Examining humor and four of its archetypes in twentieth century African literature


Typologies of Humor in African Literatures is a study on the use of humor and comedy in African literary texts across the twentieth century. Despite humor being omnipresent in African societies and their literatures, discussions of contemporary African literature have largely dismissed it as being too lighthearted compared to the more serious issues of post-colonial history, class inequality, and politics. Adwoa A. Opoku-Agyemang, while acknowledging the seriousness of the subject matter, establishes humor as an essential component of African fiction.

The book analyzes four comedic archetypes: the Trickster, who is unapologetically amoral and entertaining; the Mimic, whose everyday dealings exude ambiguity; the Interpreter, who demonstrates the comic potential of language differences while showing how a single message can mean contrasting things; and the Deviant, who throws norms into question all the while reinforcing them. These character types and the humor they produce present a constant pursuit of balance between contrasting worldviews and frames of reference within the imbrication of different languages, classes, political factions, genders, and (un)officialdoms. The product of these rowdy relations are people who take the weirdness and run with it to generate diegetic and intradiegetic laughs. By analyzing Francophone and Anglophone African writing and how it overlays local languages, Opoku-Agyemang contributes a uniquely African voice to the primarily Western-dominated field of humor studies.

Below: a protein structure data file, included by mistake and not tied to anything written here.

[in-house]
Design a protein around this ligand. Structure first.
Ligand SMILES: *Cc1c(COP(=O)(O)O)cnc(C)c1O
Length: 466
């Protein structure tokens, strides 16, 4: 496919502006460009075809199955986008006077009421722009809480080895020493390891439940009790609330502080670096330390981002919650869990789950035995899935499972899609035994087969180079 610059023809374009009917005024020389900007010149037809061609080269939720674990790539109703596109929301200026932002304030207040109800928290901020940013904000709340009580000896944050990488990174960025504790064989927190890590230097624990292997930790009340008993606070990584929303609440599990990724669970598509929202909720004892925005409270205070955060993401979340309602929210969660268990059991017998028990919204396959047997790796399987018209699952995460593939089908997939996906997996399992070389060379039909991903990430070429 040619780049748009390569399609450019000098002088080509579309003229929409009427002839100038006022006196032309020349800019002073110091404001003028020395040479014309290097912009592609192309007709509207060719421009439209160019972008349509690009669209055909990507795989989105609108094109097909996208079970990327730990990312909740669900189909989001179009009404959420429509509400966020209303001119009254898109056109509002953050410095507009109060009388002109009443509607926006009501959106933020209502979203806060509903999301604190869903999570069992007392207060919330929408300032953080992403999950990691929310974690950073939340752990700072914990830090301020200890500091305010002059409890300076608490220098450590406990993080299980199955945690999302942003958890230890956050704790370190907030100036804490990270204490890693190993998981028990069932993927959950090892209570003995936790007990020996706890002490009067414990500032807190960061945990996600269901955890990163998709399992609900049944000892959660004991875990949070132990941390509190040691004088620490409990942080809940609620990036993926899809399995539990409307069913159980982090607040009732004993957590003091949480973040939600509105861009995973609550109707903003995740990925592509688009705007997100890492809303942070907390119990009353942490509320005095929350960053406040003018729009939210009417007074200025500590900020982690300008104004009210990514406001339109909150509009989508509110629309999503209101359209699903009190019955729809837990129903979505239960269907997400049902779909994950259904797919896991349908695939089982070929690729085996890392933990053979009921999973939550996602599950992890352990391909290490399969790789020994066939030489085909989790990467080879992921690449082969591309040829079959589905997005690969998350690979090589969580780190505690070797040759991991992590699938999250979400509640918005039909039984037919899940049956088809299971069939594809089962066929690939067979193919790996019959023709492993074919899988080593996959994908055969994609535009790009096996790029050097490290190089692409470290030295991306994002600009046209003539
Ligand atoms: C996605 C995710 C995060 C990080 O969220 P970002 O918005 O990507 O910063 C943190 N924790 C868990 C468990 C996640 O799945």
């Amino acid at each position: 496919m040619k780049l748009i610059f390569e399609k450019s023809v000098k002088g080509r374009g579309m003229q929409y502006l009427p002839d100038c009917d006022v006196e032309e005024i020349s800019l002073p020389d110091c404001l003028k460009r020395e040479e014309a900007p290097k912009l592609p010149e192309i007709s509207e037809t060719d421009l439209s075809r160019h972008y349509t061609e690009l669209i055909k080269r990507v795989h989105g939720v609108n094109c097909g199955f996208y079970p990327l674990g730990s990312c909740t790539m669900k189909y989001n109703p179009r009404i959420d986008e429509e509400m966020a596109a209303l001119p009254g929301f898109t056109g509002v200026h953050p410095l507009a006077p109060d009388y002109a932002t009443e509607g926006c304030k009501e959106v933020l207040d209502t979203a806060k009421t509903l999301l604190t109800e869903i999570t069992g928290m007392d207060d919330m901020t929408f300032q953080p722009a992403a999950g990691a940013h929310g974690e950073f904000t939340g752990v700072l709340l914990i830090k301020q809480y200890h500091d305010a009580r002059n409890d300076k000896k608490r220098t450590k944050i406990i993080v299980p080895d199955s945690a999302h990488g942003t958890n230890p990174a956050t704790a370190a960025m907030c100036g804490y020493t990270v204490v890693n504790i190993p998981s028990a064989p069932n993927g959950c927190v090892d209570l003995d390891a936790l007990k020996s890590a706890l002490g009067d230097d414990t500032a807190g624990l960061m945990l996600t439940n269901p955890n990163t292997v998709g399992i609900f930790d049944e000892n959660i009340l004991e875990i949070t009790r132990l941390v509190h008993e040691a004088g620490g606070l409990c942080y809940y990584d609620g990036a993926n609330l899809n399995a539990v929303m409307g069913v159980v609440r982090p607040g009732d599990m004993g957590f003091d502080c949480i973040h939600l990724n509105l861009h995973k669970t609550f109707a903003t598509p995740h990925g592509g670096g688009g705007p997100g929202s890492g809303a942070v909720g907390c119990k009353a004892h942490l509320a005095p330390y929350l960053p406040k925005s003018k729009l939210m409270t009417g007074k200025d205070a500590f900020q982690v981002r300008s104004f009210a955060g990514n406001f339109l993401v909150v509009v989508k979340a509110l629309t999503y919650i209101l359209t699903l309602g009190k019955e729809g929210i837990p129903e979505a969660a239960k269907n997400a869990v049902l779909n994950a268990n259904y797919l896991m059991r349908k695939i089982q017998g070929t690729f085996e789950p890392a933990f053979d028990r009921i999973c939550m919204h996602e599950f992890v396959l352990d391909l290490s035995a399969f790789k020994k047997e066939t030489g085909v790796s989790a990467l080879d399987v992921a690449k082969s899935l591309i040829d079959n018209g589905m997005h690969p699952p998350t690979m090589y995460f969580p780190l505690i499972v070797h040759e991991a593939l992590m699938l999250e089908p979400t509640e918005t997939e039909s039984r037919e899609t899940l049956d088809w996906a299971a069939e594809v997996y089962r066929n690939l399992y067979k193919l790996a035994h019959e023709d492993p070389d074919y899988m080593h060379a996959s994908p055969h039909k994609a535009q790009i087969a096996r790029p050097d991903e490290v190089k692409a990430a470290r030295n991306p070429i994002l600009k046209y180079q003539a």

Adwoa A. Opoku-Agyemang teaches at Ashesi University.

"Typologies of Humor in African Literatures makes an original and insightful contribution to African literary studies. It’s the sort of book that makes one wonder why it hadn’t been written earlier, and it is both timely—in its rejection of African literature’s monochromatically ‘urgent’ or somber affect—and promises to remain relevant for years to come.”
–—Jeanne-Marie Jackson, Johns Hopkins University

- Jeanne-Marie Jackson

“This is an important book as the first substantive work that theorizes the place of humor in colonial and contemporary Africa, through the tropes of the trickster, mimic, deviant, and interpreter. The importance of this book lies in the fact that it addresses an under-theorized aspect of African literature and cultural studies–humor studies. The author fills this academic void by engaging with various genres of literary texts across many languages, time periods and geographical focuses.”
—Shola Adenekan, Ghent University

- Shola Adenekan